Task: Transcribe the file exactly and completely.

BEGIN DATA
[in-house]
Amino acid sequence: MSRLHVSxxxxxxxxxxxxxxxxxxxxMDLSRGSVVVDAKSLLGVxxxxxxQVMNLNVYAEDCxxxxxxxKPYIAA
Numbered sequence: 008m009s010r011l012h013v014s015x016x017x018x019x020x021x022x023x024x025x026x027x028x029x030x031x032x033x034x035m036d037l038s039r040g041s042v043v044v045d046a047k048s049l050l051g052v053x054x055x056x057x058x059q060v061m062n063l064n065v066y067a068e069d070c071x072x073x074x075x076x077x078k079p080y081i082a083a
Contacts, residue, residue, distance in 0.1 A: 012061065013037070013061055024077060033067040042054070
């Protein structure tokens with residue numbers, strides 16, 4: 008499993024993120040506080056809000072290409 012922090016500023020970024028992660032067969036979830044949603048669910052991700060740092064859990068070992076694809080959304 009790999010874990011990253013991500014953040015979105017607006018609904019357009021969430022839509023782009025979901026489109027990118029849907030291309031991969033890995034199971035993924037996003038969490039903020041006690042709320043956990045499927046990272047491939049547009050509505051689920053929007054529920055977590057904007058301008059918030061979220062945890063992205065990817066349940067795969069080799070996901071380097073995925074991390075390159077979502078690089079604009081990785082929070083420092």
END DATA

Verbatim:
[in-house]
Amino acid sequence: MSRLHVSxxxxxxxxxxxxxxxxxxxxMDLSRGSVVVDAKSLLGVxxxxxxQVMNLNVYAEDCxxxxxxxKPYIAA
Numbered sequence: 008m009s010r011l012h013v014s015x016x017x018x019x020x021x022x023x024x025x026x027x028x029x030x031x032x033x034x035m036d037l038s039r040g041s042v043v044v045d046a047k048s049l050l051g052v053x054x055x056x057x058x059q060v061m062n063l064n065v066y067a068e069d070c071x072x073x074x075x076x077x078k079p080y081i082a083a
Contacts, residue, residue, distance in 0.1 A: 012061065013037070013061055024077060033067040042054070
């Protein structure tokens with residue numbers, strides 16, 4: 008499993024993120040506080056809000072290409 012922090016500023020970024028992660032067969036979830044949603048669910052991700060740092064859990068070992076694809080959304 009790999010874990011990253013991500014953040015979105017607006018609904019357009021969430022839509023782009025979901026489109027990118029849907030291309031991969033890995034199971035993924037996003038969490039903020041006690042709320043956990045499927046990272047491939049547009050509505051689920053929007054529920055977590057904007058301008059918030061979220062945890063992205065990817066349940067795969069080799070996901071380097073995925074991390075390159077979502078690089079604009081990785082929070083420092």